Friday, 31 March 2006
There is no need at all why this subject needs to be complicated. All a pension is, is a pot of money which is used to support you in your retirement
At the moment there are Company pensions both defined benefit and defined contribution, Personal pensions, Sipps, Sass's, SSP, Pension tax credit, Etc... Etc... and the regualtions are absurdly complicated. There are regulations about how much you can put in, take out and when. The assets you can put into them, and this advice changes every year. There is even a regulation about what you must buy with your money. At present (changing on Wednesday next week) you must purchase an annuity at the age of 75. This is changing to an income drawdown option - this is the actual wording from the FSA's website:
There are government set limits on how much income you can withdraw in each year and rules on how often your pension provider should calculate these limits.
Currently your pension provider calculates the limits within which you can take an income every three years but from 6 April this will be every five years.
- The maximum level of income you can withdraw is broadly the same as a level single-life lifetime annuity. From 6 April 2006 the maximum level of income you'll be able to withdraw will be 120% of a level single-life lifetime annuity.
- Currently the minimum level of income you can withdraw is 35% of the maximum, but from 6 April 2006 there will be no minimum income limit.
Why the complication? Well it's because a pension is so tax efficient, people if given freedom to stuff their pension fund would use it to avoid tax. So let them. They're only delaying consumption. Income off a pension is taxed, so who cares when.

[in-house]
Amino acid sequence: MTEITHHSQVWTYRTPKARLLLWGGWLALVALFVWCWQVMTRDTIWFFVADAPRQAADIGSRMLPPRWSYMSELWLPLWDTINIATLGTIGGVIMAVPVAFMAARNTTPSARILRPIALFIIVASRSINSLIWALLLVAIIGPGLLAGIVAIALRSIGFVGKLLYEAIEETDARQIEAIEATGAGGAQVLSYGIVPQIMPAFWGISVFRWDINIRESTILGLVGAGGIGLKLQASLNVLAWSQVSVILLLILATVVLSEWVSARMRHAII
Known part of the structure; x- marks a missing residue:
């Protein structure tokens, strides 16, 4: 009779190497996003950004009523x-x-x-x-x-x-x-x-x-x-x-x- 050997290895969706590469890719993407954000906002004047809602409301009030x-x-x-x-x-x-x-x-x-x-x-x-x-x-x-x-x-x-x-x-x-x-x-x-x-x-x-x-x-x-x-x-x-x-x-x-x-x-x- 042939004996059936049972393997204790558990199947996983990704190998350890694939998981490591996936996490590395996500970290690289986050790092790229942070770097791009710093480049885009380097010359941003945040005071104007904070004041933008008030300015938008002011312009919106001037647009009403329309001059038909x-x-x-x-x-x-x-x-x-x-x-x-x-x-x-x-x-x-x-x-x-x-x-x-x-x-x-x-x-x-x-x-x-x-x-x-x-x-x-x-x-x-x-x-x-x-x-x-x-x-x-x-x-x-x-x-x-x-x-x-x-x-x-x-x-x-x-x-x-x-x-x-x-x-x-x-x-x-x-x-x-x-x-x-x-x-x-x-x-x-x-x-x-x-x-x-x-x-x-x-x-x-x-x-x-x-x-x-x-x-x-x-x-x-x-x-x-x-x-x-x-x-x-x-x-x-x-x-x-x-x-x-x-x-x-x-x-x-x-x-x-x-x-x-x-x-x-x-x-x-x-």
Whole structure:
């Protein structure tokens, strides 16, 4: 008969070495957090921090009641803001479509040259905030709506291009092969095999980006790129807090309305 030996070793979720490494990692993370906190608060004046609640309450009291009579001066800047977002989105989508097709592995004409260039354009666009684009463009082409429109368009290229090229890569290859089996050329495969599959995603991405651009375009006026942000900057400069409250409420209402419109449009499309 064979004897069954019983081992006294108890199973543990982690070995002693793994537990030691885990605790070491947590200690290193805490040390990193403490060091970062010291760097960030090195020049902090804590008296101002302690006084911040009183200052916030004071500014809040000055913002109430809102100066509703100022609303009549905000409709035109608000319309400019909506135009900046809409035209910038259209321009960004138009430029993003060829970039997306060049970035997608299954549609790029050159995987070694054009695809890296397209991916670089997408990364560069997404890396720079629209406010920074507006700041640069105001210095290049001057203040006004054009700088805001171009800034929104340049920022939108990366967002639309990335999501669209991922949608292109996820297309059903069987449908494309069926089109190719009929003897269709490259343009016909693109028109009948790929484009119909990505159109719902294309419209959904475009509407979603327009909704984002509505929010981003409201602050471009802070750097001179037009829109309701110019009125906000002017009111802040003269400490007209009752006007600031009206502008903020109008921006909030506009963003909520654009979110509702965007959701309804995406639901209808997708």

There needs to be one type of pension: a personal one. A pot of money you pay into and, if you're lucky your employer does too. The government could put a bit in too if it likes. (like the state second pension). You should be free to invest this over your working life in whatever assets you choose (within reason - some regulation is clearly nessesary here). When you reach an age at which you reckon you've sqirreled enough away, you can either buy an annuity or attempt to live off the proceeds of your investment. When you snuff it, what's left is given to your kids. Simple.
The state should provide a basic subsistence pension as well, just in case. There would be no "under-funded pensions", no liabilities for providers and employers and no companies going bust because of the pension fund. It will provide plenty of capital to drive the wheels of british industry. This would be simple, transparent, flexible and give people ownership of their futures. The last benefit is why it will never happen.
Tuesday, 28 March 2006
When I first started as a portfolio manager, one year ago, I immagined someone had given me £100,000 to invest on day one. This is my "Model Portfilio" One Year later, the portfolio is worth nearly £145,000. I'm chuffed to bits with that!